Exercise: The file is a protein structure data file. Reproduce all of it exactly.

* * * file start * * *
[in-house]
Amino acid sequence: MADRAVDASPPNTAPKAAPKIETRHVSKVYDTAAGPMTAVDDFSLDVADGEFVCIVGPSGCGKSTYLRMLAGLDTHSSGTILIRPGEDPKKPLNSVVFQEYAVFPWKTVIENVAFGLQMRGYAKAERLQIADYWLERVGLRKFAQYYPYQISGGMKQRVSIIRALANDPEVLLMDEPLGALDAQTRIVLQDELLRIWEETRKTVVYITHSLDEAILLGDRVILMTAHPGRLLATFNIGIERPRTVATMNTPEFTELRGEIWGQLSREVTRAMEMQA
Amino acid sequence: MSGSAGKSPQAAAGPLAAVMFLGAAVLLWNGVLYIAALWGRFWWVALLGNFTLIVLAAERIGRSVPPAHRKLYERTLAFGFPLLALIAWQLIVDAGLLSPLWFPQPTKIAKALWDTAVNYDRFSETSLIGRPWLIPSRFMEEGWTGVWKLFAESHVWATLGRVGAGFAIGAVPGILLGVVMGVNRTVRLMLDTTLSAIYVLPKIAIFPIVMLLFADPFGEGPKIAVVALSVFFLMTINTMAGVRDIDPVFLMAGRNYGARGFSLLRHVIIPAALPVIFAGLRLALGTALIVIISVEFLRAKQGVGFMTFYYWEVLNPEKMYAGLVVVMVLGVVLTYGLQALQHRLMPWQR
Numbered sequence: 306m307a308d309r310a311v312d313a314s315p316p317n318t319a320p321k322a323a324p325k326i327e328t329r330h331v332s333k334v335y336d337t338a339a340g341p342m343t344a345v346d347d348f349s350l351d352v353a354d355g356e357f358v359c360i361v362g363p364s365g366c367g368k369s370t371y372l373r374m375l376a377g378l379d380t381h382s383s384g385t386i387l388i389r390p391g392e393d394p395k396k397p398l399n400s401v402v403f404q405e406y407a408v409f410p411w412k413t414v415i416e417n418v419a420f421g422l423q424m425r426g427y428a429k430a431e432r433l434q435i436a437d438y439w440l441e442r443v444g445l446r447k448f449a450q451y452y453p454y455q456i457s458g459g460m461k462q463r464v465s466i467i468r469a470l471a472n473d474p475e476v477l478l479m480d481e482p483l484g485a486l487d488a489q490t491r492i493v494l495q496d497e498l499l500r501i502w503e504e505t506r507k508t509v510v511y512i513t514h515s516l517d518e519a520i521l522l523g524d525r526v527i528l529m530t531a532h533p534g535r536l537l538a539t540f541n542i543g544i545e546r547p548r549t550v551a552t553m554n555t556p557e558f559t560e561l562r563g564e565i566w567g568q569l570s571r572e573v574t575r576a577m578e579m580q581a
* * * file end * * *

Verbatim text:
[in-house]
Amino acid sequence: MADRAVDASPPNTAPKAAPKIETRHVSKVYDTAAGPMTAVDDFSLDVADGEFVCIVGPSGCGKSTYLRMLAGLDTHSSGTILIRPGEDPKKPLNSVVFQEYAVFPWKTVIENVAFGLQMRGYAKAERLQIADYWLERVGLRKFAQYYPYQISGGMKQRVSIIRALANDPEVLLMDEPLGALDAQTRIVLQDELLRIWEETRKTVVYITHSLDEAILLGDRVILMTAHPGRLLATFNIGIERPRTVATMNTPEFTELRGEIWGQLSREVTRAMEMQA
Amino acid sequence: MSGSAGKSPQAAAGPLAAVMFLGAAVLLWNGVLYIAALWGRFWWVALLGNFTLIVLAAERIGRSVPPAHRKLYERTLAFGFPLLALIAWQLIVDAGLLSPLWFPQPTKIAKALWDTAVNYDRFSETSLIGRPWLIPSRFMEEGWTGVWKLFAESHVWATLGRVGAGFAIGAVPGILLGVVMGVNRTVRLMLDTTLSAIYVLPKIAIFPIVMLLFADPFGEGPKIAVVALSVFFLMTINTMAGVRDIDPVFLMAGRNYGARGFSLLRHVIIPAALPVIFAGLRLALGTALIVIISVEFLRAKQGVGFMTFYYWEVLNPEKMYAGLVVVMVLGVVLTYGLQALQHRLMPWQR
Numbered sequence: 306m307a308d309r310a311v312d313a314s315p316p317n318t319a320p321k322a323a324p325k326i327e328t329r330h331v332s333k334v335y336d337t338a339a340g341p342m343t344a345v346d347d348f349s350l351d352v353a354d355g356e357f358v359c360i361v362g363p364s365g366c367g368k369s370t371y372l373r374m375l376a377g378l379d380t381h382s383s384g385t386i387l388i389r390p391g392e393d394p395k396k397p398l399n400s401v402v403f404q405e406y407a408v409f410p411w412k413t414v415i416e417n418v419a420f421g422l423q424m425r426g427y428a429k430a431e432r433l434q435i436a437d438y439w440l441e442r443v444g445l446r447k448f449a450q451y452y453p454y455q456i457s458g459g460m461k462q463r464v465s466i467i468r469a470l471a472n473d474p475e476v477l478l479m480d481e482p483l484g485a486l487d488a489q490t491r492i493v494l495q496d497e498l499l500r501i502w503e504e505t506r507k508t509v510v511y512i513t514h515s516l517d518e519a520i521l522l523g524d525r526v527i528l529m530t531a532h533p534g535r536l537l538a539t540f541n542i543g544i545e546r547p548r549t550v551a552t553m554n555t556p557e558f559t560e561l562r563g564e565i566w567g568q569l570s571r572e573v574t575r576a577m578e579m580q581a